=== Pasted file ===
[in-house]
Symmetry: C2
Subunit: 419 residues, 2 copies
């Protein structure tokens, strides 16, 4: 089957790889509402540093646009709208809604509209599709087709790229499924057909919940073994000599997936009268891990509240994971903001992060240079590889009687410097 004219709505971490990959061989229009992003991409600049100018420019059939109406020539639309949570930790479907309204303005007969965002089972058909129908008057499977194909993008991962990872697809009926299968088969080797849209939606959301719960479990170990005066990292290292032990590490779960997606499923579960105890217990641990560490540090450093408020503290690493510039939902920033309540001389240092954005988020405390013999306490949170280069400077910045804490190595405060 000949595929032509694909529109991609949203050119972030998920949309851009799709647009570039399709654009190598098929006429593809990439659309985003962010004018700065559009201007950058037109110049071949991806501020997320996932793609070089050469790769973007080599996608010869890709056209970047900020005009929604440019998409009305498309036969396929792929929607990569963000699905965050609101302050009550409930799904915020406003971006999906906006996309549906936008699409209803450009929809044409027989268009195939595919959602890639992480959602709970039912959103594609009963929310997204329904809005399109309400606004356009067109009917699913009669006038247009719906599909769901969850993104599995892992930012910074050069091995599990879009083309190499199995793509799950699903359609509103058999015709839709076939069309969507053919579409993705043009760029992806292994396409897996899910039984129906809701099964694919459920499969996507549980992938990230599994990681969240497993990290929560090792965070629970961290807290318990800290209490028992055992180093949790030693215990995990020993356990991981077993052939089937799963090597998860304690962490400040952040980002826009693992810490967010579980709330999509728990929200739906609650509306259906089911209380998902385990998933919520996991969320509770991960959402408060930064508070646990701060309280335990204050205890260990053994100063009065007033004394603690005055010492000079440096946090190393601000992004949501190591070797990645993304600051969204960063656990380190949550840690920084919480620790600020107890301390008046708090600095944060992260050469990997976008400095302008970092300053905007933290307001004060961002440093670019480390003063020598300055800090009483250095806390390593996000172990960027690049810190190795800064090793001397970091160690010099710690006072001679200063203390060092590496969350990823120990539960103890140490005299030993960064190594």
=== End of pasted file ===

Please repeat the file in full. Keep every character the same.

[in-house]
Symmetry: C2
Subunit: 419 residues, 2 copies
């Protein structure tokens, strides 16, 4: 089957790889509402540093646009709208809604509209599709087709790229499924057909919940073994000599997936009268891990509240994971903001992060240079590889009687410097 004219709505971490990959061989229009992003991409600049100018420019059939109406020539639309949570930790479907309204303005007969965002089972058909129908008057499977194909993008991962990872697809009926299968088969080797849209939606959301719960479990170990005066990292290292032990590490779960997606499923579960105890217990641990560490540090450093408020503290690493510039939902920033309540001389240092954005988020405390013999306490949170280069400077910045804490190595405060 000949595929032509694909529109991609949203050119972030998920949309851009799709647009570039399709654009190598098929006429593809990439659309985003962010004018700065559009201007950058037109110049071949991806501020997320996932793609070089050469790769973007080599996608010869890709056209970047900020005009929604440019998409009305498309036969396929792929929607990569963000699905965050609101302050009550409930799904915020406003971006999906906006996309549906936008699409209803450009929809044409027989268009195939595919959602890639992480959602709970039912959103594609009963929310997204329904809005399109309400606004356009067109009917699913009669006038247009719906599909769901969850993104599995892992930012910074050069091995599990879009083309190499199995793509799950699903359609509103058999015709839709076939069309969507053919579409993705043009760029992806292994396409897996899910039984129906809701099964694919459920499969996507549980992938990230599994990681969240497993990290929560090792965070629970961290807290318990800290209490028992055992180093949790030693215990995990020993356990991981077993052939089937799963090597998860304690962490400040952040980002826009693992810490967010579980709330999509728990929200739906609650509306259906089911209380998902385990998933919520996991969320509770991960959402408060930064508070646990701060309280335990204050205890260990053994100063009065007033004394603690005055010492000079440096946090190393601000992004949501190591070797990645993304600051969204960063656990380190949550840690920084919480620790600020107890301390008046708090600095944060992260050469990997976008400095302008970092300053905007933290307001004060961002440093670019480390003063020598300055800090009483250095806390390593996000172990960027690049810190190795800064090793001397970091160690010099710690006072001679200063203390060092590496969350990823120990539960103890140490005299030993960064190594």